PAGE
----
Thirty years ago, when I was a rookie editor at Oxford University Press, there were quite serious discussions within that august organisation about electronic publishing. I remember being astonished when the then Finance Director, now deceased, wondered aloud whether it was wise to be building a new warehouse facility at Corby if the whole market for books was to be computerised by digital editions within five years.
At the time (this was when the standards for CD ROMs were still being defined) this struck me as a wildly extravagant concern. I am not so sure now. Are many publishers planning this year to build large warehouses for books? It seems pretty likely that the market for printed books will be transformed and perhaps for educational and academic books, largely replaced by digital books within 5 or 10 years. That is the kind of time horizon that impacts on warehouse investments.
We recently enhanced our service so that a complete issue can be printed from a PDF file. We have offered page by page printing from the begining, but many publishers do not like the idea of a complete magazine issue being printed from a single downloadable file (the worry is piracy, with one person taking out a subscription and then sending out scores of PDF copies to all his/her friends). I am not sure how valid this worry is, but it is a real one for some publishers. So the option to have a printable PDF of a complete issue is now available on some of our magazines. It will remain a publisher-dependent option. Athletics Weekly is the first magazine to have opted for it.
The PDF is taken at a reasonable resolution, but it is not high-res and so the user can download an issue without undue drumming of fingers on the desk or undue strain on bandwidth (yours or ours). We also omit the external links. The PDF alternative will probably be most useful to subscribers who like to read the magazine on the train or in a plane. It will also be useful to those subscribers who like to use our service so that they can print out the whole magazine — but when I see those requests in the support log files I tend to grit my teeth. My puritanical, ecological streak is aroused by the thought of such wastefulness. Lets hope our provision of this alternative file format is not damaging to the eco-sphere……
Charkin Blog is a blog published in book form by Macmillan. I missed the launch party, but from several reports it was an enjoyable and intriguing event.
I was amused to see in the Macmillan page about the book that it is listed as weighing 0 Kg. That seems to me very light for a book of 576 pp. Could it be that the weight is indeterminate, customisable according to requirements, the book is after all Print On Demand? Perhaps one can order a deluxe version on Indian paper, that would weigh very little, but surely at least 0.2 Kg? The British Library (which presumably gets a free copy) should look after posterity with a copy printed on vellum.
The weightless version of Charkin Blog is still here.
There are plenty of signs that the web is influencing the way we like to see our print products designed and the way prints work. Here is Bo Sacks reporting on the marked tendency for magazines and newspapers to slip into a smaller format, easier to squeeze into a web window without painful shoe-horning. And according to Silicon Alley Insider Google is now encouraging the use of barcodes, printed in newpapers or magazines which will be picked up and interpreted by mobile phones. What would a digital edition do with such a bar code? Well assuming that the bar code was telling you where the nearest Pizza restaurant is, then I guess that is what the digital edition will tell. Google is the biggest ‘ad resolver’ so my guess is that the link will have to go through Google.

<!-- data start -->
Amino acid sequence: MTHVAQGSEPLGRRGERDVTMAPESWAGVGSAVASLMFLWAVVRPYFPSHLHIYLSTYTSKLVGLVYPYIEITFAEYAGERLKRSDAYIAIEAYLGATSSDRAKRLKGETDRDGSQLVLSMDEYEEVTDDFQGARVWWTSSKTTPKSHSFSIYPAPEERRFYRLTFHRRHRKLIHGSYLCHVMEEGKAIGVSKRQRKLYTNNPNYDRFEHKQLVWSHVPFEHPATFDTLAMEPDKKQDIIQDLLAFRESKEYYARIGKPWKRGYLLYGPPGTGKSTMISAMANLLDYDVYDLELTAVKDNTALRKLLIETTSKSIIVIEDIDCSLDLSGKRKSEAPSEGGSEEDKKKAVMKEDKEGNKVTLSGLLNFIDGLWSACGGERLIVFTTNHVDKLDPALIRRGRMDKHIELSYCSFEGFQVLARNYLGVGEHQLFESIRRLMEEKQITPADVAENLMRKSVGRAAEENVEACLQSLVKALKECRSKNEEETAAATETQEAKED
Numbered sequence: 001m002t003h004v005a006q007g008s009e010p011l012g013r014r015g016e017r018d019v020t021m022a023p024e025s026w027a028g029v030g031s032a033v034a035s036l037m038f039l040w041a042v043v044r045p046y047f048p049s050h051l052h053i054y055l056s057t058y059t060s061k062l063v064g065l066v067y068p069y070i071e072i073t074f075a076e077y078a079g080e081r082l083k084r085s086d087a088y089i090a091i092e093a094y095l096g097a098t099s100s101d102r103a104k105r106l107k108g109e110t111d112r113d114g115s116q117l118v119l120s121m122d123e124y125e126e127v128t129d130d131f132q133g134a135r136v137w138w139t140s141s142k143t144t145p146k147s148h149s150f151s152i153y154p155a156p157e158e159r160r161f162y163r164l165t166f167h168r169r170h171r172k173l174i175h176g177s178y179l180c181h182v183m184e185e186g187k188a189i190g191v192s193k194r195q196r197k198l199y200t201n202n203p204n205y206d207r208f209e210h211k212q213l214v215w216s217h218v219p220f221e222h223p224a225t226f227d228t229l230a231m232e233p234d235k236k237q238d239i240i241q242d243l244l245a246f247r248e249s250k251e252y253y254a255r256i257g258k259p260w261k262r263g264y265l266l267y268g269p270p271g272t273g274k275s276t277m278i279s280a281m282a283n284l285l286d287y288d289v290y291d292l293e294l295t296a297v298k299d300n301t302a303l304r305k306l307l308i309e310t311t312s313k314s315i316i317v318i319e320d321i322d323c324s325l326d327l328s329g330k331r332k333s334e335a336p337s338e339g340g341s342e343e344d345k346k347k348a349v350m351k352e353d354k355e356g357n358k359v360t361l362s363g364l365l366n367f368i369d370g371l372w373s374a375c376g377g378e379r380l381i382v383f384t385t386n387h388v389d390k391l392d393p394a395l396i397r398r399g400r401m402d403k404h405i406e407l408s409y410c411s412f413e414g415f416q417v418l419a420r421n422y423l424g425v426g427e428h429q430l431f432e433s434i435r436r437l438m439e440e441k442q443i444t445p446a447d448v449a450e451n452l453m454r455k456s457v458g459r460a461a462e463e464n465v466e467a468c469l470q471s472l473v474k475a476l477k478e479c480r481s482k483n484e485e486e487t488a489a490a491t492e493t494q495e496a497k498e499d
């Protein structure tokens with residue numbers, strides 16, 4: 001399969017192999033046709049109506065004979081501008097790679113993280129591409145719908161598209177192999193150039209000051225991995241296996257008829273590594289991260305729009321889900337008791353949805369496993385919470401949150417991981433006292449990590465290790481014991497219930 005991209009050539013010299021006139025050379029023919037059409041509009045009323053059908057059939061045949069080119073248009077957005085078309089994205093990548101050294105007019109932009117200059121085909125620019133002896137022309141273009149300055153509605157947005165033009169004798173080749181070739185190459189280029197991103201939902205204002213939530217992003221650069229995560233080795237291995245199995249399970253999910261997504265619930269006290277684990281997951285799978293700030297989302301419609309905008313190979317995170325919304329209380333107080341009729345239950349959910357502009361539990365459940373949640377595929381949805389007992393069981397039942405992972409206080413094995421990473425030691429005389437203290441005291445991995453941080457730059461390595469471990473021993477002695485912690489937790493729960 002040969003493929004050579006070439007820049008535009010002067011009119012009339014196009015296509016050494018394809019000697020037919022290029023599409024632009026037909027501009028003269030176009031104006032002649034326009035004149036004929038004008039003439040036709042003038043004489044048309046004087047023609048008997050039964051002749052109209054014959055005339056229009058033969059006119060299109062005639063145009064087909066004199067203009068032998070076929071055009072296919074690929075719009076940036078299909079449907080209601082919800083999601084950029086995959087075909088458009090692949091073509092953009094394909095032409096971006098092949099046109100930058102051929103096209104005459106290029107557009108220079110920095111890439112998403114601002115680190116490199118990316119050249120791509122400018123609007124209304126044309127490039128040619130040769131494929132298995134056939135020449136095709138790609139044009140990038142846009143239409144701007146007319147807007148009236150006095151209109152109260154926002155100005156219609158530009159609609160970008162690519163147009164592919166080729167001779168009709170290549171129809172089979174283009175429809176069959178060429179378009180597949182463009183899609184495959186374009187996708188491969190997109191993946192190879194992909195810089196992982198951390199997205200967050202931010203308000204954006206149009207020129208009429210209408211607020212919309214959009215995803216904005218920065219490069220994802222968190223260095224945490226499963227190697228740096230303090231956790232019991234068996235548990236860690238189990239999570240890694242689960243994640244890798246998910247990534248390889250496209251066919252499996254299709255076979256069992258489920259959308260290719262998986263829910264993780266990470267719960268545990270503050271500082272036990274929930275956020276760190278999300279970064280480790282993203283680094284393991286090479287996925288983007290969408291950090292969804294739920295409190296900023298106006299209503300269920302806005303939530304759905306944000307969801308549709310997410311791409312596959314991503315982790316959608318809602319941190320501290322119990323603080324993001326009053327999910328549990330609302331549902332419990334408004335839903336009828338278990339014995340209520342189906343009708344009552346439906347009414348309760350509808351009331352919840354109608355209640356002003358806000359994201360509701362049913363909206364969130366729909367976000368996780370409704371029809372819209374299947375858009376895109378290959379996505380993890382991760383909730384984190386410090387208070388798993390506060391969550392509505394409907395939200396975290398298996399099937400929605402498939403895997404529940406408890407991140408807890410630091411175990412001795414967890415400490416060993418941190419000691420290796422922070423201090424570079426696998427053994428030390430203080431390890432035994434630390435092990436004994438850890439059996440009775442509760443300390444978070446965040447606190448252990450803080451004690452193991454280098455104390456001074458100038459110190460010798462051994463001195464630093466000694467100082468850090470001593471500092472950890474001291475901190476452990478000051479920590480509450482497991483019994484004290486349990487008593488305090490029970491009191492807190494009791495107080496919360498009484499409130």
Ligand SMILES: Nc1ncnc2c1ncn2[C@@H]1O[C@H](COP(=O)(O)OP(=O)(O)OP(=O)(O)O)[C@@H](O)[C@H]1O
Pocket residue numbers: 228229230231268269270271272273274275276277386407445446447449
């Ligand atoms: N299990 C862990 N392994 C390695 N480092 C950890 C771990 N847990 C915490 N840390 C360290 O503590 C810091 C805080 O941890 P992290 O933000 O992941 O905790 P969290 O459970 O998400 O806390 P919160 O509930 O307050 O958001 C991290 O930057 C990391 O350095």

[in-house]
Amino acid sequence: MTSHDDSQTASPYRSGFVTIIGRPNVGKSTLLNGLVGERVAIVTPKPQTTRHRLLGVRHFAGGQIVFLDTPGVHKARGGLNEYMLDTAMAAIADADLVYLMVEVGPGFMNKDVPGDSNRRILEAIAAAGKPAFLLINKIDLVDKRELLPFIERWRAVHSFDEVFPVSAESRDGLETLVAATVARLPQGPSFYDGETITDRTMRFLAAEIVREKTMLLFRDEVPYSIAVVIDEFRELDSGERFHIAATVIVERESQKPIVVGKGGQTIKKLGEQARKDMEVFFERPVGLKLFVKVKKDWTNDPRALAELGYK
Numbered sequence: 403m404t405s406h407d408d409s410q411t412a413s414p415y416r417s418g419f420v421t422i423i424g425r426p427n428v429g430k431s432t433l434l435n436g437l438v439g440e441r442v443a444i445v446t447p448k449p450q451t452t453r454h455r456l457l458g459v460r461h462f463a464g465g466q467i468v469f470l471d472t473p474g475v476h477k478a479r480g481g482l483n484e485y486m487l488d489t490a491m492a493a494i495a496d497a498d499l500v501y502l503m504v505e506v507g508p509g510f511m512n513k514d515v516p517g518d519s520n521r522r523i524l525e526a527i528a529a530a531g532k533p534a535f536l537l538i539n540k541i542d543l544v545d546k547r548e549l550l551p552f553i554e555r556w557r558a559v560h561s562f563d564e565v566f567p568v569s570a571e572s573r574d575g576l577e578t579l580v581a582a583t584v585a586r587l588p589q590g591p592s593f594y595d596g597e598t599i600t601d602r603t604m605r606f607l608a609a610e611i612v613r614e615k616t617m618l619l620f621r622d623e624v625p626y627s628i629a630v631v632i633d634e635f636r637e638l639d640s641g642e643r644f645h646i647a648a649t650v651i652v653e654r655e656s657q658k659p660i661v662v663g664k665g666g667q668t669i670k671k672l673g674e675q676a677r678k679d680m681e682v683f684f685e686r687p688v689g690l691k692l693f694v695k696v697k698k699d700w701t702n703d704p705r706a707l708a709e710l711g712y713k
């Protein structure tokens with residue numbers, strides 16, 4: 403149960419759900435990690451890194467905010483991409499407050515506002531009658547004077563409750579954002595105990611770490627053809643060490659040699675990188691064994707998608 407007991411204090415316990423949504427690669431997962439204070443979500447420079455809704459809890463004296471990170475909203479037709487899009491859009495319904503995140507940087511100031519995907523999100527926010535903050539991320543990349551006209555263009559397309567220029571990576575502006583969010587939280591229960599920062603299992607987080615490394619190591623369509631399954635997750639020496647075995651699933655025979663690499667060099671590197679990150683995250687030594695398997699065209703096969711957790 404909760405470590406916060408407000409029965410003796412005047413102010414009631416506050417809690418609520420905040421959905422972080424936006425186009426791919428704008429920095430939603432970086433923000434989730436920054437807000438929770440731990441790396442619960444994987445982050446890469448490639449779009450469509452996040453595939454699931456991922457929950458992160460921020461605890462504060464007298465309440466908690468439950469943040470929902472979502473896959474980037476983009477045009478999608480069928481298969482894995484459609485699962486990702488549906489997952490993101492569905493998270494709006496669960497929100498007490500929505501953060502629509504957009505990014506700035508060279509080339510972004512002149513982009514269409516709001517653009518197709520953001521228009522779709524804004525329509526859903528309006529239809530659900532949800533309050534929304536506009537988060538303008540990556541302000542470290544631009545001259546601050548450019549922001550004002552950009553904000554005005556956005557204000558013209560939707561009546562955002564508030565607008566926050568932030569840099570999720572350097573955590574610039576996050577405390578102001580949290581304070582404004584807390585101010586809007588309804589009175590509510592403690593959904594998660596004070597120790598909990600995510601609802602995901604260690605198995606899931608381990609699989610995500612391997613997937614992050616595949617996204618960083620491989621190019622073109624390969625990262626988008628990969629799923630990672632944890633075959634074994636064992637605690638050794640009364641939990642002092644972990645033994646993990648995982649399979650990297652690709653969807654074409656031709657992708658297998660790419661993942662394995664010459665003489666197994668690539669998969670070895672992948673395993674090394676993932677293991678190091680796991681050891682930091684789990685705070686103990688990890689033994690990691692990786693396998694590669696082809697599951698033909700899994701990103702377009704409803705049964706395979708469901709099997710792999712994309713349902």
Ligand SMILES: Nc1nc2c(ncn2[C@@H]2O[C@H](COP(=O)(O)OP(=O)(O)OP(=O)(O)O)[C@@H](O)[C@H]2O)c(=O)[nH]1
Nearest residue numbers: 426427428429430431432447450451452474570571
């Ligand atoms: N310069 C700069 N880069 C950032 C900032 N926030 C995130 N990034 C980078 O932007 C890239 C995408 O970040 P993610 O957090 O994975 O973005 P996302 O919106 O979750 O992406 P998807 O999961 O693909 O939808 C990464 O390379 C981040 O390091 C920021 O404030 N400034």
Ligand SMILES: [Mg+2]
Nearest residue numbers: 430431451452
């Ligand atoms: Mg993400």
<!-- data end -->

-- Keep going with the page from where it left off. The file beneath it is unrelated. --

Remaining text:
It is an article of faith for Exact Editions that:
Print works well on the web when it is represented exactly the way it is.
Exact Editions works on the assumption that the web can re-present print perfectly adequately and there are many advantages in having magazines (and books) accessible on the web as exact replicas of the print editions. Actually, buried beneath this ‘article of faith’ is a very deep conviction that print publications are incredibly strong and will survive and prosper as digital editions (oddly enough, many in conventional publishing doubt this).
On the other hand, we do in various ways try to enhance or improve the print editions so they work better as a web resource than would a mere print replica. First, by making the titles individually and collectively searchable. Second, by adding elements of helpful interactivity (clickable contents pages, e-mail addresses, URLs, phone numbers and ISBNs, for example).
For all these reasons, we find it hard to think of digital publishing as being inimical to print publishing, to reading, or indeed to civilisation as we know it. If you want some gloomy hand wringing about the future of print, of fiction and of literacy you can find it here, here and with rather more insight and optimism here.
We have been thinking more about the ways in which print and digital can interact. And it really is a matter of interaction. This is not a market in which digital will simply replace print and paper. Publishers, booksellers and retailers really need to think long and hard about the immense advantages of working with a medium in which print sales can be used to help digital sales, and vice versa. Having a physical bookstore or news kiosk on the street is potentially a great way in which to leverage digital sales. Having a virtual bookstore or kiosque is an amazingly good way in which to leverage sales of the printed book or to garner more print subscriptions for a magazine. Getting the two media flows to work together is the biggest challenge that we face.